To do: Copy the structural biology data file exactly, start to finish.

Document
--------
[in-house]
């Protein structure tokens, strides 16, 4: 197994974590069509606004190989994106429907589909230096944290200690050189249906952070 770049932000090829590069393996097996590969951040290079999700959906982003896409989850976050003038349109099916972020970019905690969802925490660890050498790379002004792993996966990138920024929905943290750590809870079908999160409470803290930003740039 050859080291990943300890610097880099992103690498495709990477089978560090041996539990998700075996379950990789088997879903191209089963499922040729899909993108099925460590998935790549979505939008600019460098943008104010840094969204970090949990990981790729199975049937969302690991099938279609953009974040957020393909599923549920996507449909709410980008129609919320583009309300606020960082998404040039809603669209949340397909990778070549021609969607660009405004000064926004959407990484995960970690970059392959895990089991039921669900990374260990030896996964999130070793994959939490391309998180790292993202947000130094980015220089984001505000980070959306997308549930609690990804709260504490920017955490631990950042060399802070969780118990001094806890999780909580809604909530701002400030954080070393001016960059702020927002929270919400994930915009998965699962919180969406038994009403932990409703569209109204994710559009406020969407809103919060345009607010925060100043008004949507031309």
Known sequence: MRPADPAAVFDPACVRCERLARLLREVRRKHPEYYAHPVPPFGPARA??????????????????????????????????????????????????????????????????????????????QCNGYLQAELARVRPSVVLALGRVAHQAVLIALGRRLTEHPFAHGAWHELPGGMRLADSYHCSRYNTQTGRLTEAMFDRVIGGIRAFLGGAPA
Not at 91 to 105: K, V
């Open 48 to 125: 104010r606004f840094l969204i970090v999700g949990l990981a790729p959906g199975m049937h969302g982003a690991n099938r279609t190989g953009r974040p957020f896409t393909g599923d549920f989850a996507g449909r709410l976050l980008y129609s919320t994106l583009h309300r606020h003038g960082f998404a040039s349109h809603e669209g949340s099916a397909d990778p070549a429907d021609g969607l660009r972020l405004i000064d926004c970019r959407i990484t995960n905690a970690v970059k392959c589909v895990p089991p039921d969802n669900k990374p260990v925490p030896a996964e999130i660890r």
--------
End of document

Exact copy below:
[in-house]
């Protein structure tokens, strides 16, 4: 197994974590069509606004190989994106429907589909230096944290200690050189249906952070 770049932000090829590069393996097996590969951040290079999700959906982003896409989850976050003038349109099916972020970019905690969802925490660890050498790379002004792993996966990138920024929905943290750590809870079908999160409470803290930003740039 050859080291990943300890610097880099992103690498495709990477089978560090041996539990998700075996379950990789088997879903191209089963499922040729899909993108099925460590998935790549979505939008600019460098943008104010840094969204970090949990990981790729199975049937969302690991099938279609953009974040957020393909599923549920996507449909709410980008129609919320583009309300606020960082998404040039809603669209949340397909990778070549021609969607660009405004000064926004959407990484995960970690970059392959895990089991039921669900990374260990030896996964999130070793994959939490391309998180790292993202947000130094980015220089984001505000980070959306997308549930609690990804709260504490920017955490631990950042060399802070969780118990001094806890999780909580809604909530701002400030954080070393001016960059702020927002929270919400994930915009998965699962919180969406038994009403932990409703569209109204994710559009406020969407809103919060345009607010925060100043008004949507031309």
Known sequence: MRPADPAAVFDPACVRCERLARLLREVRRKHPEYYAHPVPPFGPARA??????????????????????????????????????????????????????????????????????????????QCNGYLQAELARVRPSVVLALGRVAHQAVLIALGRRLTEHPFAHGAWHELPGGMRLADSYHCSRYNTQTGRLTEAMFDRVIGGIRAFLGGAPA
Not at 91 to 105: K, V
């Open 48 to 125: 104010r606004f840094l969204i970090v999700g949990l990981a790729p959906g199975m049937h969302g982003a690991n099938r279609t190989g953009r974040p957020f896409t393909g599923d549920f989850a996507g449909r709410l976050l980008y129609s919320t994106l583009h309300r606020h003038g960082f998404a040039s349109h809603e669209g949340s099916a397909d990778p070549a429907d021609g969607l660009r972020l405004i000064d926004c970019r959407i990484t995960n905690a970690v970059k392959c589909v895990p089991p039921d969802n669900k990374p260990v925490p030896a996964e999130i660890r």